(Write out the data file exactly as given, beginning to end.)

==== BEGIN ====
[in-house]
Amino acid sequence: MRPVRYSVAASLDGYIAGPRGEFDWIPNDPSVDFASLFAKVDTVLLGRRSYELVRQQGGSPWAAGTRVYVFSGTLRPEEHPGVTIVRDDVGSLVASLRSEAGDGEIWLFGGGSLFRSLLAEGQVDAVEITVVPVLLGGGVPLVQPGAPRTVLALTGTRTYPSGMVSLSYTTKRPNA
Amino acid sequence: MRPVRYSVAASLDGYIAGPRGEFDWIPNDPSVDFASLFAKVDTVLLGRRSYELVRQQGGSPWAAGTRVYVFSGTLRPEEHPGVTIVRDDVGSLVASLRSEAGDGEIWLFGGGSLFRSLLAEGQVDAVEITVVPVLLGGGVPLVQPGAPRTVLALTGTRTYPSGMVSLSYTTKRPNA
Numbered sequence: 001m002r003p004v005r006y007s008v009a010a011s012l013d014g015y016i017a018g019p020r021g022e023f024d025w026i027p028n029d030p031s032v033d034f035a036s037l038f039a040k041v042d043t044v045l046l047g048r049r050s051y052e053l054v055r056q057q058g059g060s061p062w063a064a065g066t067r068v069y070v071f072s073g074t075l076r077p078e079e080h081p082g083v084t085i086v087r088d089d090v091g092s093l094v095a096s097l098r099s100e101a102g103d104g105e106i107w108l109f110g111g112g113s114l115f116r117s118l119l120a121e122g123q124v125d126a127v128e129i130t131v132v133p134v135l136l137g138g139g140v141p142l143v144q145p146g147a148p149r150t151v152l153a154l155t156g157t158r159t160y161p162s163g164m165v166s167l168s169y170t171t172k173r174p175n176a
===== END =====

[in-house]
Amino acid sequence: MRPVRYSVAASLDGYIAGPRGEFDWIPNDPSVDFASLFAKVDTVLLGRRSYELVRQQGGSPWAAGTRVYVFSGTLRPEEHPGVTIVRDDVGSLVASLRSEAGDGEIWLFGGGSLFRSLLAEGQVDAVEITVVPVLLGGGVPLVQPGAPRTVLALTGTRTYPSGMVSLSYTTKRPNA
Amino acid sequence: MRPVRYSVAASLDGYIAGPRGEFDWIPNDPSVDFASLFAKVDTVLLGRRSYELVRQQGGSPWAAGTRVYVFSGTLRPEEHPGVTIVRDDVGSLVASLRSEAGDGEIWLFGGGSLFRSLLAEGQVDAVEITVVPVLLGGGVPLVQPGAPRTVLALTGTRTYPSGMVSLSYTTKRPNA
Numbered sequence: 001m002r003p004v005r006y007s008v009a010a011s012l013d014g015y016i017a018g019p020r021g022e023f024d025w026i027p028n029d030p031s032v033d034f035a036s037l038f039a040k041v042d043t044v045l046l047g048r049r050s051y052e053l054v055r056q057q058g059g060s061p062w063a064a065g066t067r068v069y070v071f072s073g074t075l076r077p078e079e080h081p082g083v084t085i086v087r088d089d090v091g092s093l094v095a096s097l098r099s100e101a102g103d104g105e106i107w108l109f110g111g112g113s114l115f116r117s118l119l120a121e122g123q124v125d126a127v128e129i130t131v132v133p134v135l136l137g138g139g140v141p142l143v144q145p146g147a148p149r150t151v152l153a154l155t156g157t158r159t160y161p162s163g164m165v166s167l168s169y170t171t172k173r174p175n176a